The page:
06 Jul 2022

Eight key issues for people in Carlow throughout the 2020 general election campaign

What did you think the issues were?

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These were eight of the key issues for people in Carlow throughout the 2020 general election campaign. 

There are five seats up for grabs in the Carlow/Kilkenny constituency and you can read about the declared candidates by clicking here. 

There are six candidates based in or around Carlow that are vying for one of the five seats as counting begins in the Lyrath Estate on Sunday and they are: Pat Deering (FG); Jennifer Murnane O'Connor (FF), Adrienne Wallace (PBP), Helena Byrne (Renua), in south Carlow, Denis Hynes (LAB) and Angela Ray (Independent).

Here are some of the key issues for people in the Dolmen County: 


Minister for Children and Youth Affairs, Katherine Zappone, previously revealed there were 260 children in Carlow on a waiting list for a crèche for the 2017/18 programme year. 

Meanwhile, the cost of childcare in Ireland has risen by 3.6%, more than five times the rate of inflation, figures in 2019 revealed. 

However, according to a report published by the Department of Children and Youth Affairs, Carlow has one of the lowest rates of childcare fees with an average of €148.56 being paid by parents per child in the county.  

The fact remains that childcare costs, capacity, pay for childcare staff and soaring insurance costs for providers are a huge issue facing the next Government and it needs to be addressed urgently.


A popular Carlow go-karting business closed down towards the end of last year due to rising "insurance costs and rates". 

This is an issue that the Government has failed to deal with as premiums appear to be continually rising for ordinary people and businesses as insurance companies' profits soar. 

Fianna Fáil Local Election candidate in the Muinebeag Electoral Area, Josie Daly, said the continued failure of Government to reform the insurance industry is harming businesses.

Ms Daly, who had to shut her own business in Carlow because of astronomical insurance costs, has said that there are many other businesses facing closure.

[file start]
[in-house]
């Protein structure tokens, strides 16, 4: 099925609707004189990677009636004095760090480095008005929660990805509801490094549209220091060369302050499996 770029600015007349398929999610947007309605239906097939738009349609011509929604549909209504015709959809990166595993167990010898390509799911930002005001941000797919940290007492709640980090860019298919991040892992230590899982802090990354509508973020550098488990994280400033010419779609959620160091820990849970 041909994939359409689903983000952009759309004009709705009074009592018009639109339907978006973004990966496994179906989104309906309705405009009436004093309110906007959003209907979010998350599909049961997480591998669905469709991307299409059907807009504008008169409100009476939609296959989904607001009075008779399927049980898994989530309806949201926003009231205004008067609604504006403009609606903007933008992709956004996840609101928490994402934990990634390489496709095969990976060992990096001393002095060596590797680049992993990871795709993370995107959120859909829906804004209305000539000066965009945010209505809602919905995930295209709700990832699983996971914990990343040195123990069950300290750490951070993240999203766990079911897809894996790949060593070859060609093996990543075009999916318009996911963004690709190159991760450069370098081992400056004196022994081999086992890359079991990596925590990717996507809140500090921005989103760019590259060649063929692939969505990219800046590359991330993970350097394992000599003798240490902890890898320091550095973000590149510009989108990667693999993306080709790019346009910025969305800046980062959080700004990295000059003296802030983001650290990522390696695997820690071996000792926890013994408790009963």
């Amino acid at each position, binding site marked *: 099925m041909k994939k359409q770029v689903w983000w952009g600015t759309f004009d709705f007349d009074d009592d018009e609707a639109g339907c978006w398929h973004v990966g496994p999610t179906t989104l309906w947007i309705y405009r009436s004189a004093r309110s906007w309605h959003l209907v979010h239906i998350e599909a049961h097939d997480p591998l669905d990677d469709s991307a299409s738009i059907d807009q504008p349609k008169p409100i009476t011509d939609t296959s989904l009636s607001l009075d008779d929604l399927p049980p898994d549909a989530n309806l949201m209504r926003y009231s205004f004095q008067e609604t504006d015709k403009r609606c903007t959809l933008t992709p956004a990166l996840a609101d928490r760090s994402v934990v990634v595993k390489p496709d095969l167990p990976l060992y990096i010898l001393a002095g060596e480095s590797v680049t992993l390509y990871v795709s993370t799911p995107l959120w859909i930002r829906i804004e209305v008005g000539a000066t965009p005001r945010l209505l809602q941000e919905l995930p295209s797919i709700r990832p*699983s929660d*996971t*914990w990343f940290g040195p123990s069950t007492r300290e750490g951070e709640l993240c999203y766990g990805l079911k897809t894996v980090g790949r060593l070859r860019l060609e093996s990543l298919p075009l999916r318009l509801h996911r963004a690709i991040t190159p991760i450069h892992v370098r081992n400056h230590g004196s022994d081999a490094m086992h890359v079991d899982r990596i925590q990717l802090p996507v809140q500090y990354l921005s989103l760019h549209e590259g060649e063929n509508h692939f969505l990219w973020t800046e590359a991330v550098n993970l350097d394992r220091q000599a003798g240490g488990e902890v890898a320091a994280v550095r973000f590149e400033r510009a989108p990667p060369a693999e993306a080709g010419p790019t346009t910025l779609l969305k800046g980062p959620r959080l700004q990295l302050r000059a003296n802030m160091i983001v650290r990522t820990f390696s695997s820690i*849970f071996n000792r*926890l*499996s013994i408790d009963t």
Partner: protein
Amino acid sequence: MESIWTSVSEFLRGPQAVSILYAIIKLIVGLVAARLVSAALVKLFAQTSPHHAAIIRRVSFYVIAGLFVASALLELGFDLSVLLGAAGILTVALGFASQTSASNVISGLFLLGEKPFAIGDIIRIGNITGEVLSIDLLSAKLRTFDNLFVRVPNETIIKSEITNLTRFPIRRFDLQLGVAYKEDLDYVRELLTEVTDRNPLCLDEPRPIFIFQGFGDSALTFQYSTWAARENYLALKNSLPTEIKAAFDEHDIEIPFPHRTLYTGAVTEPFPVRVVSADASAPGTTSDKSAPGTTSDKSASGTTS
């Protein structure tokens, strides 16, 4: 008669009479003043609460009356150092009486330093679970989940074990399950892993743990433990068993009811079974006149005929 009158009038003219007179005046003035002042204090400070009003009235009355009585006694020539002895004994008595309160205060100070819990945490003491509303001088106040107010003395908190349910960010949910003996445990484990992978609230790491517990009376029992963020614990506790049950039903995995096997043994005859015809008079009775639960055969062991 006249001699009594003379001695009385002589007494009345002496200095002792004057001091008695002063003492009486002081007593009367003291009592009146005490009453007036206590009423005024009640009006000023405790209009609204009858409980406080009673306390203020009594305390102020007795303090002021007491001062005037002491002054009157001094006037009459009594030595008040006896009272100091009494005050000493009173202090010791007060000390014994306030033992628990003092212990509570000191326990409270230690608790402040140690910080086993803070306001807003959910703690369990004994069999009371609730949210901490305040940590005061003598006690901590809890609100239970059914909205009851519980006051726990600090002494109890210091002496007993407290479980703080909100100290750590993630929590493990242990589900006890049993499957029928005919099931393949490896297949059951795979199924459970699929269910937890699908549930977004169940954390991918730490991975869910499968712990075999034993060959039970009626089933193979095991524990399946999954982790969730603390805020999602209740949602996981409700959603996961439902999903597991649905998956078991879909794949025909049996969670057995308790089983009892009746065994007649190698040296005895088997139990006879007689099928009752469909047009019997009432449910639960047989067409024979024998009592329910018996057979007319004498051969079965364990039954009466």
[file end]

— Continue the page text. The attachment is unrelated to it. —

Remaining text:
"Businesses in Carlow are being screwed by insurance companies," Cllr Adrienne Wallace has claimed.


Local representatives of Carlow County Council voted to increase the Local Property Tax in Carlow by 5% from January 1 of this year which left residents infuriated as many fail to see where their money is being spent locally. 

The decision garnered even more controversy after claims that members had been "hoodwinked". 

"We've been hoodwinked," said Cllr Will Paton as he claimed that Carlow County Council did not need to increase the Local Property Tax by 5%. 

He raised the issue at a full meeting, Cllr Paton said things had changed substantially since the previous month's meeting when they were told the Council had a deficit of €343,000 and "48 hours later the deficit was wiped out".'


There is also a perception that Carlow is not getting its fair share of Central Government funding. 

A councillor previously hit out over Central Government funding allocations to Carlow saying "other councils behaved recklessly with their finances and have been rewarded with additional funding over the years". 

An analysis by Carlow Live in 2018 of funding allocations to Carlow from Central Government revealed that the Dolmen County has consistently received one of the lowest amounts of funding across the country over the last seven years.  

A shortfall in funding for local Government is an "absolute disgrace and a two-finger salute", a Carlow councillor has said previously. 


The latest report from Carlow County Council has shown that nine children presented as homeless in Carlow last month with eighteen children in emergency accommodation during December. 

Meanwhile, there were 15 adults who presented as homeless last month across Carlow and 21 adults were in emergency accommodation. 


Several towns and villages around Carlow are restricted from a development point of view because the infrastructure in the area is at capacity. 

Popular Carlow village, Ballinabranna, has been described as being "in limbo" over the lack of adequate infrastructure for further development.

Meanwhile, wastewater treatment services around Tullow and several other Carlow villages are at capacity which is having an impact on housing development. 

Roads or the lack of them are also a major cause for concern in Bagenalstown, while traffic congestion in Carlow Town and Tullow has also been raised.

Meanwhile, planning stipulations around proximity to certain road networks have also hindered housing developments around the county. 


Local representatives have grown increasingly frustrated over the Council's perceived inactivity or a lack of progress on this front. 

It is an issue that can be improved as well through national policies. 

"I'm not happy with putting decorations on a house," said a councillor as he called on the local authority to put people living in derelict sites instead of painting them up and decorating them. 


Ambulance waiting time concerns been raised in Carlow after a series of long delays around the county. 

A 75-year-old man was left waiting 35 minutes on the ground in the rain for an ambulance towards the end of last year.

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